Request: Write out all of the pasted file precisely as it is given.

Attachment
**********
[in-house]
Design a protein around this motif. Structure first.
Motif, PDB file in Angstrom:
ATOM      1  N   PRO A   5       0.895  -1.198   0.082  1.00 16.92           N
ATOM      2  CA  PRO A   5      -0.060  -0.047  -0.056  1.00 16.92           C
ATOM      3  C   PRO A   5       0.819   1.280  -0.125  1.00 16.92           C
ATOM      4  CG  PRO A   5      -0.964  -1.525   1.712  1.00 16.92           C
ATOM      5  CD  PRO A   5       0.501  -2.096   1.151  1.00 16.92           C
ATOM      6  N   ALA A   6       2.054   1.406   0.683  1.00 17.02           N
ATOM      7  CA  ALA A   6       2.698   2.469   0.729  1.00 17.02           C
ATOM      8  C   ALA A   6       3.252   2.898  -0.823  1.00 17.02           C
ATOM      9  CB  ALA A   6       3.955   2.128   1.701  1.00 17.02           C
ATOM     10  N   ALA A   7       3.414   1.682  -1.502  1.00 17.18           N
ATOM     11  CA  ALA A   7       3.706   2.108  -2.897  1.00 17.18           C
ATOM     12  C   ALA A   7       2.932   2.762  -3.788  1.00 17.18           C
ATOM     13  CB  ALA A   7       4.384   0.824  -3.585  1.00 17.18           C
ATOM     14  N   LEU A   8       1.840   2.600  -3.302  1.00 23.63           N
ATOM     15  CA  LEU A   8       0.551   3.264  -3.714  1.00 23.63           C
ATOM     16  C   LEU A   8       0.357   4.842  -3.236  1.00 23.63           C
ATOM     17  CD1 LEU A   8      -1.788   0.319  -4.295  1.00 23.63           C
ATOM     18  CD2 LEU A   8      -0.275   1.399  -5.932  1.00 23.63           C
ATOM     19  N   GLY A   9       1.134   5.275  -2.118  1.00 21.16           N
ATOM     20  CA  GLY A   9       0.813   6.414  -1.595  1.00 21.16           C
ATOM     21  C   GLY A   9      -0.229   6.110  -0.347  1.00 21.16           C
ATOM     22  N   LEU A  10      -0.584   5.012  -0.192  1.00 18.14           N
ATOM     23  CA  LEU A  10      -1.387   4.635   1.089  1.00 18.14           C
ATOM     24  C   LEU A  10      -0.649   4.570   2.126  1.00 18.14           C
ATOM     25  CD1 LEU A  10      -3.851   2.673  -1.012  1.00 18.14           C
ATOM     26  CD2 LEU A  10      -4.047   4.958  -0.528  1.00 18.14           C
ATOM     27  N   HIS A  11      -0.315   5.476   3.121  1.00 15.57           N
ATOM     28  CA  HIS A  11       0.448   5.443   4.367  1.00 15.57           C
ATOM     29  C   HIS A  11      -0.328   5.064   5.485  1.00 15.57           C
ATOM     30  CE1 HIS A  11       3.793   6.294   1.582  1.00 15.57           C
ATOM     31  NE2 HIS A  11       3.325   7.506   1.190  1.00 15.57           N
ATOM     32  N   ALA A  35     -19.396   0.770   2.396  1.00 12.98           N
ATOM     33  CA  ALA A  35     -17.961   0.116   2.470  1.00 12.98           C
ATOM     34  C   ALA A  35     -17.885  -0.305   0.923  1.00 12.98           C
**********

[in-house]
Design a protein around this motif. Structure first.
Motif, PDB file in Angstrom:
ATOM      1  N   PRO A   5       0.895  -1.198   0.082  1.00 16.92           N
ATOM      2  CA  PRO A   5      -0.060  -0.047  -0.056  1.00 16.92           C
ATOM      3  C   PRO A   5       0.819   1.280  -0.125  1.00 16.92           C
ATOM      4  CG  PRO A   5      -0.964  -1.525   1.712  1.00 16.92           C
ATOM      5  CD  PRO A   5       0.501  -2.096   1.151  1.00 16.92           C
ATOM      6  N   ALA A   6       2.054   1.406   0.683  1.00 17.02           N
ATOM      7  CA  ALA A   6       2.698   2.469   0.729  1.00 17.02           C
ATOM      8  C   ALA A   6       3.252   2.898  -0.823  1.00 17.02           C
ATOM      9  CB  ALA A   6       3.955   2.128   1.701  1.00 17.02           C
ATOM     10  N   ALA A   7       3.414   1.682  -1.502  1.00 17.18           N
ATOM     11  CA  ALA A   7       3.706   2.108  -2.897  1.00 17.18           C
ATOM     12  C   ALA A   7       2.932   2.762  -3.788  1.00 17.18           C
ATOM     13  CB  ALA A   7       4.384   0.824  -3.585  1.00 17.18           C
ATOM     14  N   LEU A   8       1.840   2.600  -3.302  1.00 23.63           N
ATOM     15  CA  LEU A   8       0.551   3.264  -3.714  1.00 23.63           C
ATOM     16  C   LEU A   8       0.357   4.842  -3.236  1.00 23.63           C
ATOM     17  CD1 LEU A   8      -1.788   0.319  -4.295  1.00 23.63           C
ATOM     18  CD2 LEU A   8      -0.275   1.399  -5.932  1.00 23.63           C
ATOM     19  N   GLY A   9       1.134   5.275  -2.118  1.00 21.16           N
ATOM     20  CA  GLY A   9       0.813   6.414  -1.595  1.00 21.16           C
ATOM     21  C   GLY A   9      -0.229   6.110  -0.347  1.00 21.16           C
ATOM     22  N   LEU A  10      -0.584   5.012  -0.192  1.00 18.14           N
ATOM     23  CA  LEU A  10      -1.387   4.635   1.089  1.00 18.14           C
ATOM     24  C   LEU A  10      -0.649   4.570   2.126  1.00 18.14           C
ATOM     25  CD1 LEU A  10      -3.851   2.673  -1.012  1.00 18.14           C
ATOM     26  CD2 LEU A  10      -4.047   4.958  -0.528  1.00 18.14           C
ATOM     27  N   HIS A  11      -0.315   5.476   3.121  1.00 15.57           N
ATOM     28  CA  HIS A  11       0.448   5.443   4.367  1.00 15.57           C
ATOM     29  C   HIS A  11      -0.328   5.064   5.485  1.00 15.57           C
ATOM     30  CE1 HIS A  11       3.793   6.294   1.582  1.00 15.57           C
ATOM     31  NE2 HIS A  11       3.325   7.506   1.190  1.00 15.57           N
ATOM     32  N   ALA A  35     -19.396   0.770   2.396  1.00 12.98           N
ATOM     33  CA  ALA A  35     -17.961   0.116   2.470  1.00 12.98           C
ATOM     34  C   ALA A  35     -17.885  -0.305   0.923  1.00 12.98           C